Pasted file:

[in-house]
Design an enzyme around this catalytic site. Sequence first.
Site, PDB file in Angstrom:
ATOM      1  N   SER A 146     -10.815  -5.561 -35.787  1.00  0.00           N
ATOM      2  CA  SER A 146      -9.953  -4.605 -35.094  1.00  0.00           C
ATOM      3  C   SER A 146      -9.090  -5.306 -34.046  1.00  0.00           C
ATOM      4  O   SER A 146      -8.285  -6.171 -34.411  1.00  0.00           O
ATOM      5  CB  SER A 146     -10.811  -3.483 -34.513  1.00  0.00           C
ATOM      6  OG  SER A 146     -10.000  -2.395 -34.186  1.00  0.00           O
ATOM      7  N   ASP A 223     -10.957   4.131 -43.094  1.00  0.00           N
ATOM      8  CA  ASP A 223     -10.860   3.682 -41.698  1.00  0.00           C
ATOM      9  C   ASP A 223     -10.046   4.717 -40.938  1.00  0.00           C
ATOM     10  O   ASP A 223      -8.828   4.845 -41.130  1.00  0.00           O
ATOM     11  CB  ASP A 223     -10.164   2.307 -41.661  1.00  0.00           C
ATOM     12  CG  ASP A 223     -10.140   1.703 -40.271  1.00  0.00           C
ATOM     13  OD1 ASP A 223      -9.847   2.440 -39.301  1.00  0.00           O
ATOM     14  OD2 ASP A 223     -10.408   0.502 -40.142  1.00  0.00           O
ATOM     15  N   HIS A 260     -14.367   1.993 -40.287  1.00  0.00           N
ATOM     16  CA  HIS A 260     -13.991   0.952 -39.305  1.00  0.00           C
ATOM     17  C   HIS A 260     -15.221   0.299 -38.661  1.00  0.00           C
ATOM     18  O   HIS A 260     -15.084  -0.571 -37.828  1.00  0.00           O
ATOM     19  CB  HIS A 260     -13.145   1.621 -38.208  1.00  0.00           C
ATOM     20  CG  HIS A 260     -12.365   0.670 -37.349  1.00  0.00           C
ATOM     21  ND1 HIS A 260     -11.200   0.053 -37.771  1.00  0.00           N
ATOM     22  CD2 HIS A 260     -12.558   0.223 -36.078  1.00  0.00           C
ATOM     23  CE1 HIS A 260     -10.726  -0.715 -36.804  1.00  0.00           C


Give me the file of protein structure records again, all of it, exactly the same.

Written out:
[in-house]
Design an enzyme around this catalytic site. Sequence first.
Site, PDB file in Angstrom:
ATOM      1  N   SER A 146     -10.815  -5.561 -35.787  1.00  0.00           N
ATOM      2  CA  SER A 146      -9.953  -4.605 -35.094  1.00  0.00           C
ATOM      3  C   SER A 146      -9.090  -5.306 -34.046  1.00  0.00           C
ATOM      4  O   SER A 146      -8.285  -6.171 -34.411  1.00  0.00           O
ATOM      5  CB  SER A 146     -10.811  -3.483 -34.513  1.00  0.00           C
ATOM      6  OG  SER A 146     -10.000  -2.395 -34.186  1.00  0.00           O
ATOM      7  N   ASP A 223     -10.957   4.131 -43.094  1.00  0.00           N
ATOM      8  CA  ASP A 223     -10.860   3.682 -41.698  1.00  0.00           C
ATOM      9  C   ASP A 223     -10.046   4.717 -40.938  1.00  0.00           C
ATOM     10  O   ASP A 223      -8.828   4.845 -41.130  1.00  0.00           O
ATOM     11  CB  ASP A 223     -10.164   2.307 -41.661  1.00  0.00           C
ATOM     12  CG  ASP A 223     -10.140   1.703 -40.271  1.00  0.00           C
ATOM     13  OD1 ASP A 223      -9.847   2.440 -39.301  1.00  0.00           O
ATOM     14  OD2 ASP A 223     -10.408   0.502 -40.142  1.00  0.00           O
ATOM     15  N   HIS A 260     -14.367   1.993 -40.287  1.00  0.00           N
ATOM     16  CA  HIS A 260     -13.991   0.952 -39.305  1.00  0.00           C
ATOM     17  C   HIS A 260     -15.221   0.299 -38.661  1.00  0.00           C
ATOM     18  O   HIS A 260     -15.084  -0.571 -37.828  1.00  0.00           O
ATOM     19  CB  HIS A 260     -13.145   1.621 -38.208  1.00  0.00           C
ATOM     20  CG  HIS A 260     -12.365   0.670 -37.349  1.00  0.00           C
ATOM     21  ND1 HIS A 260     -11.200   0.053 -37.771  1.00  0.00           N
ATOM     22  CD2 HIS A 260     -12.558   0.223 -36.078  1.00  0.00           C
ATOM     23  CE1 HIS A 260     -10.726  -0.715 -36.804  1.00  0.00           C